. Riding the Lightning bike was amazing and terrifying – check out our full review here
. We don't usually post entire interview videos online, but this one's a beauty. Hatfield speaks at length about the LS-218, the electric vehicle business, the state of battery technology and more.
Last May, when Gizmag first featured the "truly, horrifyingly fast" Lightning LS-218
, I ended by saying: "If I could take any bike in the world out for a test today, this would be the top of the list." Well, after a 17-hour flight halfway around the globe, I have now ridden the Lightning. I have also nearly fallen off it, twice, like a complete idiot. With three times the horsepower and some 70 percent more torque than the Zero SR
, which is in itself an extraordinary motorcycle, the LS-218 is the king of a new breed of electric motorcycles – one designed to take on the world's best petrol bikes and beat them on performance, not just emissions figures. Riding it was one of the most extreme experiences of my young life.
DJI's US$1100 Phantom 2 Vision+ is the best selling camera drone on the market – and with good reason. It's a relatively affordable, relatively friendly and relatively easy to fly quadcopter that arrives nearly fully assembled and is easy enough for a beginner to operate straight out of the box, even if we recommend you fly something cheaper first to get the hang of things. It has a decent quality, tilt-controllable camera that shoots 1080p HD video footage and 14 megapixel photos, and the camera delivers smooth footage thanks to a multi-axis stabilizing gimbal. But it has a bunch of other tricks up its sleeve. Gizmag spends a few weeks with the latest 2015 version of the #1 consumer camera drone.
The United States Federal Communications Commission (FCC) today voted 3-2 to uphold the principles of network neutrality – that is, to force Internet Service Providers (ISPs) to treat all web traffic as equal. This prevents ISPs from being able to throttle or block users' connections to certain websites, or to offer "Internet fast lanes" whereby large websites could pay for their content to be delivered at a higher speed. Open Internet advocates see this as a huge step to protect the internet's current status as a free and open platform that offers equal opportunities to small and large content providers.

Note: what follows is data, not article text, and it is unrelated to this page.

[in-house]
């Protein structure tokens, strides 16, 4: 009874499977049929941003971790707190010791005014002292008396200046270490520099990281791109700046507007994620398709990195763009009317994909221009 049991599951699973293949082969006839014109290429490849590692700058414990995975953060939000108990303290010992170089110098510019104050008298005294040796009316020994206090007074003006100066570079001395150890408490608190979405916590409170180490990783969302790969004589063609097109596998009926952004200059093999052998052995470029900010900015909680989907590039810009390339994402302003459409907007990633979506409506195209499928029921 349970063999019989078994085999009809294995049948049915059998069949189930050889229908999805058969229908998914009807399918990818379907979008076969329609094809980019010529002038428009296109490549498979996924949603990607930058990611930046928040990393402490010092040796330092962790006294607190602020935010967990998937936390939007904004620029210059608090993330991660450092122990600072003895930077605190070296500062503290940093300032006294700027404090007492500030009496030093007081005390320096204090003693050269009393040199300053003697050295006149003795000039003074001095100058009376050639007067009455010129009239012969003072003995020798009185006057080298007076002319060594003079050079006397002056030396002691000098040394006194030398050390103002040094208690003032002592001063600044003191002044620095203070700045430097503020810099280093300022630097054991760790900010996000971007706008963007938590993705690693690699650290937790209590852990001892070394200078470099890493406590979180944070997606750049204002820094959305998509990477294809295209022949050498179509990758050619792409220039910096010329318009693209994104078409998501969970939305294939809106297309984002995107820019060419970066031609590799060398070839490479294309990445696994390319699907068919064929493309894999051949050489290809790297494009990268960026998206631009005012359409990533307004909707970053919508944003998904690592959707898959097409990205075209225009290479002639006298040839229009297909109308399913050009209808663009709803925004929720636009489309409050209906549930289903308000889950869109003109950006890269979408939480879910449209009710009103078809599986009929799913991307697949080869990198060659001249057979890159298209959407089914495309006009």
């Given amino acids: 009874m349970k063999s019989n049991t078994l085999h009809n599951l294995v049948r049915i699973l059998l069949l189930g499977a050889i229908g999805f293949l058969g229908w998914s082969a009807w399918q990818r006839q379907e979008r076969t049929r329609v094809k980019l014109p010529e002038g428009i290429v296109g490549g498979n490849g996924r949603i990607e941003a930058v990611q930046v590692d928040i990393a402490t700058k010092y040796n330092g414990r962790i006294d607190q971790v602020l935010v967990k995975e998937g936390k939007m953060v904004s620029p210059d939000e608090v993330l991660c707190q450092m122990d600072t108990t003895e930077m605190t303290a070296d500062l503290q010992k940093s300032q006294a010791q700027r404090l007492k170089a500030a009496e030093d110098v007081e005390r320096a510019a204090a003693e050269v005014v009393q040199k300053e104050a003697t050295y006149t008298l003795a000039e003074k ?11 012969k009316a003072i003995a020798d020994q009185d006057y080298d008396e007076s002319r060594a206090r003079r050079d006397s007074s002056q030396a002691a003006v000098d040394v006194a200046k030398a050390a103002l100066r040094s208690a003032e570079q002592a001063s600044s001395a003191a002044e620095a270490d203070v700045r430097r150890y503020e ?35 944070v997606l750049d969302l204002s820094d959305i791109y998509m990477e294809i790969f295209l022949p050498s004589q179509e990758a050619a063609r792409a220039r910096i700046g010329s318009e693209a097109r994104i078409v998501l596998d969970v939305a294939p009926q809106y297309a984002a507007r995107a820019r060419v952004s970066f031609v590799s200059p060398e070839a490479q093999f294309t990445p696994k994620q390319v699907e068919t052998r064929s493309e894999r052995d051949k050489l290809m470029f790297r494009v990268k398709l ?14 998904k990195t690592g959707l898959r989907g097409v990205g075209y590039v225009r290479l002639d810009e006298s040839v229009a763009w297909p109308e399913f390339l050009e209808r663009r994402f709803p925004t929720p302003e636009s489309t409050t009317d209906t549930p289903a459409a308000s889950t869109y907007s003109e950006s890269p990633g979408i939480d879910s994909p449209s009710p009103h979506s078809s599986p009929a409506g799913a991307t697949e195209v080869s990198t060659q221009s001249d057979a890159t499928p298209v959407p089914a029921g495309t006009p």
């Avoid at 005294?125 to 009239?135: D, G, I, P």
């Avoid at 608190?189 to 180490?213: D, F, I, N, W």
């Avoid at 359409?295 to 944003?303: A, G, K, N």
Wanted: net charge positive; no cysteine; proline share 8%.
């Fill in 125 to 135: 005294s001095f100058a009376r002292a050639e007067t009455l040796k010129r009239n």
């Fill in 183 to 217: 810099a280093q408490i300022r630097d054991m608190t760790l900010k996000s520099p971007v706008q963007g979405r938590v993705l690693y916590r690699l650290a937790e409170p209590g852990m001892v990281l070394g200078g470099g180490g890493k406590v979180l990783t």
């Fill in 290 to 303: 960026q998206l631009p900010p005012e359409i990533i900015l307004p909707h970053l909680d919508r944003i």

After spending a full morning with the 2015 Zero S and DS
on the gorgeous, twisty roads of California, and tucking into a Kawasaki burger for lunch at Alice's, it was time to ride the jewel in Zero's crown: the 2015 Zero SR. While it stops short of all-out sportsbike performance, the SR still unleashes more torque than any petrol-powered superbike you can buy. Enough, as it turns out, to catch an experienced motorcycle tester by surprise. Enjoy the last of our 2015 Zero fleet reviews.
Having become acquainted with the tiny but mighty Zero FX
, and struggled through a thorough technology briefing at the Zero factory
, it was time to try the "base models" of the 2015 Zero range. The Zero S (streetbike) and Zero DS (dual sport) both share the same platform in terms of frame, motor and the giant monolith battery pack. And despite the fact that they're significantly down on power and torque compared to the high-performance Zero SR, this pair of electrics offer a surprisingly good time.